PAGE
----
Vassar Today

Cannes-Do Filmmaker Takes Top Documentary Prize

By Andrea Durbin

Alex Camilleri ’10 got his first home video camera at age 12, and he’s been making movies ever since. Still Here, his 21-minute profile of Randy Baron, a man with a rare genetic mutation that has enabled him to live with HIV for 30 years, was named best student documentary at the Cannes Film Festival this year.

The piece illustrates the ways in which Baron has given his life new meaning by working to help prevent the spread of the disease that has devastated his life and the lives of his friends.

Camilleri first became aware of this remarkable man in the fall of 2008, when Baron visited campus to speak to a small group of students. “His words rattled me,” says Camilleri. “In my past experiences as a young filmmaker, I had really only felt a drive to tell the stories that were important to me and me alone. After hearing Randy’s story, I felt that other people needed to hear it too.” That was when he started writing the proposal for his senior film project.

Working with classmates Kyle Porter, David Viste, and Amrita Kundu, all ’10, and meeting with longtime Vassar film professor and faculty advisor Ken Robinson about the project twice a week, Camilleri turned his proposal into the film that captured part of Baron’s journey. “We had a lot of fertile ground to make this film,” says Camilleri. “It was something that people hadn’t seen before, and that set us apart.”

“We put in a lot of hours, and there was a lot of frustration,” he recalls. “We really pushed ourselves for this film, we all did. And we never lost sight of what we were doing. We knew we were working on something really big. We knew that this thing was worth it.”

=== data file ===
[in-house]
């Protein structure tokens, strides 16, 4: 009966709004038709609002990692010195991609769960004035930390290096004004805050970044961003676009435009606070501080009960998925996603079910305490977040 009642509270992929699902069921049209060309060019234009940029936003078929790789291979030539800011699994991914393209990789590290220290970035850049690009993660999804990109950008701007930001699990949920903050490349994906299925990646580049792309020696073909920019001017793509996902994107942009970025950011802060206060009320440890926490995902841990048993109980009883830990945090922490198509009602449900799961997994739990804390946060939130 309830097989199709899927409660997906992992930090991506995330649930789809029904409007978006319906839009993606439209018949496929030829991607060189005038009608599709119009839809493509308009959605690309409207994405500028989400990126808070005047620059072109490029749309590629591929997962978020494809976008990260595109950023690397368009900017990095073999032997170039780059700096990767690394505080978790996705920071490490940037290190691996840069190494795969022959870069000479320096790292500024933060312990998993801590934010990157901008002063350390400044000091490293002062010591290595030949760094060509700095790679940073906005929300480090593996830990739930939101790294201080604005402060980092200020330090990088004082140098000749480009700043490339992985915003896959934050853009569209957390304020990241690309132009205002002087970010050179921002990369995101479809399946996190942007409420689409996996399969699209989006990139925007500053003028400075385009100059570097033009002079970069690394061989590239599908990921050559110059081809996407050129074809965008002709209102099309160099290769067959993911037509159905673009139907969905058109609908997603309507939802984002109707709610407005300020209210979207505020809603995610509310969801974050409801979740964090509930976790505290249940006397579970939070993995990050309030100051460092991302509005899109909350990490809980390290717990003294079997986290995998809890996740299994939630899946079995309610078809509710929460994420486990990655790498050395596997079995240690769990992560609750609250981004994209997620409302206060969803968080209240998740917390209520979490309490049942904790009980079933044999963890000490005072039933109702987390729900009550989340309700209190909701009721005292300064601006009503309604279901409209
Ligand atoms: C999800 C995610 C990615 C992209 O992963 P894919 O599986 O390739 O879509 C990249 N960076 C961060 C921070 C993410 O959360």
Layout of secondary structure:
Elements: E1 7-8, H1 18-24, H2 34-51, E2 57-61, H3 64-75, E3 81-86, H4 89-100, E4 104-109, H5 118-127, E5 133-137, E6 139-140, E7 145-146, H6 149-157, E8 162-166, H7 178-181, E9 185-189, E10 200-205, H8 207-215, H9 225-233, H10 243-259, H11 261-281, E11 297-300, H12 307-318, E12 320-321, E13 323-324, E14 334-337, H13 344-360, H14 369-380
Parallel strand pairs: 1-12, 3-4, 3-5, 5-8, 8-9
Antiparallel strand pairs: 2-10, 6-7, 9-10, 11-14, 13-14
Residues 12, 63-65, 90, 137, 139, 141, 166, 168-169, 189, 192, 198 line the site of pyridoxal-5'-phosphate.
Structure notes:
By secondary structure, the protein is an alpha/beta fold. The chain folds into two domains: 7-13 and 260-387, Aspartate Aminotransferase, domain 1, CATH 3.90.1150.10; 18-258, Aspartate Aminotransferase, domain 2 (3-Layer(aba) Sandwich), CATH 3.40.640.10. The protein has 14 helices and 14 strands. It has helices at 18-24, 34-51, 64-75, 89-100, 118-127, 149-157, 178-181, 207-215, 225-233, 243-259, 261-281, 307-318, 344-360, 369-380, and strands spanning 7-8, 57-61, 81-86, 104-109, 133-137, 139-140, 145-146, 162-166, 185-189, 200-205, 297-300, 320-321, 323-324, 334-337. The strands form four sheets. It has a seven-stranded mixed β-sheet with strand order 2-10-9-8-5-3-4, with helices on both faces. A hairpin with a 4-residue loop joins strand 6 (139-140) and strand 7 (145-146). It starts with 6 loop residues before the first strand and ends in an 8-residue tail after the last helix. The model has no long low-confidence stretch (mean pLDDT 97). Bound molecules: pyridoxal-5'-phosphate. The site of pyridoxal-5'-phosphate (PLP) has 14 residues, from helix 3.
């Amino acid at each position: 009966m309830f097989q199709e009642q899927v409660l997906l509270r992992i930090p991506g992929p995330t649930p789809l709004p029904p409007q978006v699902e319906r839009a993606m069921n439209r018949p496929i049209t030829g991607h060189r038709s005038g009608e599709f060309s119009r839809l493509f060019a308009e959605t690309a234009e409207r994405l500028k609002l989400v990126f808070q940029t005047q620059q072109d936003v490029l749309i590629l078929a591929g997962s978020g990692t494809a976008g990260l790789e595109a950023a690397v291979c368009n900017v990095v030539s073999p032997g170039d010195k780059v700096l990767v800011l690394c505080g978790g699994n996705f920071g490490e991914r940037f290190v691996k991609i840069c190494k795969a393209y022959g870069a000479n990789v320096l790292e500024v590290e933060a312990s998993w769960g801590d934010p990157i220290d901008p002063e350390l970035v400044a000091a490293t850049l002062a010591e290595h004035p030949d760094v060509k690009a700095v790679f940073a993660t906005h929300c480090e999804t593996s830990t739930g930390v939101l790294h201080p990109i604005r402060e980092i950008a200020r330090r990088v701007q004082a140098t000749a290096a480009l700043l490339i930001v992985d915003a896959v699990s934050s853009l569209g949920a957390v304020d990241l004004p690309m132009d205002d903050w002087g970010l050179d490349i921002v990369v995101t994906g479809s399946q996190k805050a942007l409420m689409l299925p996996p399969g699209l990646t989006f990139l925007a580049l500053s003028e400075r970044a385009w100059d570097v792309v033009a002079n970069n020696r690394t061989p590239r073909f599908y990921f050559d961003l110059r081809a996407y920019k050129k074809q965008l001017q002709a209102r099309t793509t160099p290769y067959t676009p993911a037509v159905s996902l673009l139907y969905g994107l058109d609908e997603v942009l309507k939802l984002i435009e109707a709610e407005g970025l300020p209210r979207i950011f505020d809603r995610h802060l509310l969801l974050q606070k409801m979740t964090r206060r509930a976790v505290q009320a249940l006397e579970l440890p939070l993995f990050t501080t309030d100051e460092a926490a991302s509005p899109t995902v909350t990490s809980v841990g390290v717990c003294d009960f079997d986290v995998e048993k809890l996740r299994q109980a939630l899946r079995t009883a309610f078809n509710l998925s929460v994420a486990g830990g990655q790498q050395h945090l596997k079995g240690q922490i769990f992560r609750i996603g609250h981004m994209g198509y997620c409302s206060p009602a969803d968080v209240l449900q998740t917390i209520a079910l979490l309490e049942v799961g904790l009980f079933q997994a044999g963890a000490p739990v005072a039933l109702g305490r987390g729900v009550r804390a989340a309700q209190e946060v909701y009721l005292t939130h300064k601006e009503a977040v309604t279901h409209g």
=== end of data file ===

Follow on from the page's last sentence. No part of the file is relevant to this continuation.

The team came up against several challenges throughout the film’s production. One, in particular, involved the struggle to “unearth the natural story.” 

Camilleri explains: “About halfway through, we realized something important was missing. Beauty comes in unexpected moments in life, and we didn’t have any of those moments. So, we had to retool our whole approach.” That involved spending even more time with Baron, and more importantly, letting the story unfold on its own. 

“We had been too calculating, oddly, too well prepared,” says Camilleri. “Our desire to do justice to Randy’s story by way of thorough research, camera coverage, and editing had closed down promising emotional inlets that could give the film even more impact. After all, you can’t manufacture real emotions. This last bit of photography turned the film around.”

 “Filmmaking is all about imagination,” he concludes. “It’s about the process of discovery and self-discovery. When you make mistakes, and you realize your mistakes, that’s when you really start learning.”

Still Here may be viewed for a limited time at

—Andrea Durbin